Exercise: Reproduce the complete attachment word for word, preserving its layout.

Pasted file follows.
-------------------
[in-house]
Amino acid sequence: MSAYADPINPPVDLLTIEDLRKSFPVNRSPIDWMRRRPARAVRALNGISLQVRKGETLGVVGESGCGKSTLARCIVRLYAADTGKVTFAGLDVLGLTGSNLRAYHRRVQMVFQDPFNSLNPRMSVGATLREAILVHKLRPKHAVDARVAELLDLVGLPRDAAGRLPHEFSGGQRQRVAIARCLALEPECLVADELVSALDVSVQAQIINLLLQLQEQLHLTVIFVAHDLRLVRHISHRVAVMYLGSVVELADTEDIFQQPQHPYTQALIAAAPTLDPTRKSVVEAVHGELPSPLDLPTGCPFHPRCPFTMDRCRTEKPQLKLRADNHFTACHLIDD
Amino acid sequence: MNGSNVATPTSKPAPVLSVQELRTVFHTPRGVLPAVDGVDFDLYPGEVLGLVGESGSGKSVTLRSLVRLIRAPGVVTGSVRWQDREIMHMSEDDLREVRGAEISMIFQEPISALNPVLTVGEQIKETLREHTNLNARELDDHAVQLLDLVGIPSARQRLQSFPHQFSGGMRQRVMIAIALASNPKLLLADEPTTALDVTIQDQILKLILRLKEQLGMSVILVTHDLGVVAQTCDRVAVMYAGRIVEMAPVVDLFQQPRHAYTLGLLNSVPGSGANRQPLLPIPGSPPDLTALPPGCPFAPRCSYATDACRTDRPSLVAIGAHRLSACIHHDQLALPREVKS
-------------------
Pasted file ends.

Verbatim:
[in-house]
Amino acid sequence: MSAYADPINPPVDLLTIEDLRKSFPVNRSPIDWMRRRPARAVRALNGISLQVRKGETLGVVGESGCGKSTLARCIVRLYAADTGKVTFAGLDVLGLTGSNLRAYHRRVQMVFQDPFNSLNPRMSVGATLREAILVHKLRPKHAVDARVAELLDLVGLPRDAAGRLPHEFSGGQRQRVAIARCLALEPECLVADELVSALDVSVQAQIINLLLQLQEQLHLTVIFVAHDLRLVRHISHRVAVMYLGSVVELADTEDIFQQPQHPYTQALIAAAPTLDPTRKSVVEAVHGELPSPLDLPTGCPFHPRCPFTMDRCRTEKPQLKLRADNHFTACHLIDD
Amino acid sequence: MNGSNVATPTSKPAPVLSVQELRTVFHTPRGVLPAVDGVDFDLYPGEVLGLVGESGSGKSVTLRSLVRLIRAPGVVTGSVRWQDREIMHMSEDDLREVRGAEISMIFQEPISALNPVLTVGEQIKETLREHTNLNARELDDHAVQLLDLVGIPSARQRLQSFPHQFSGGMRQRVMIAIALASNPKLLLADEPTTALDVTIQDQILKLILRLKEQLGMSVILVTHDLGVVAQTCDRVAVMYAGRIVEMAPVVDLFQQPRHAYTLGLLNSVPGSGANRQPLLPIPGSPPDLTALPPGCPFAPRCSYATDACRTDRPSLVAIGAHRLSACIHHDQLALPREVKS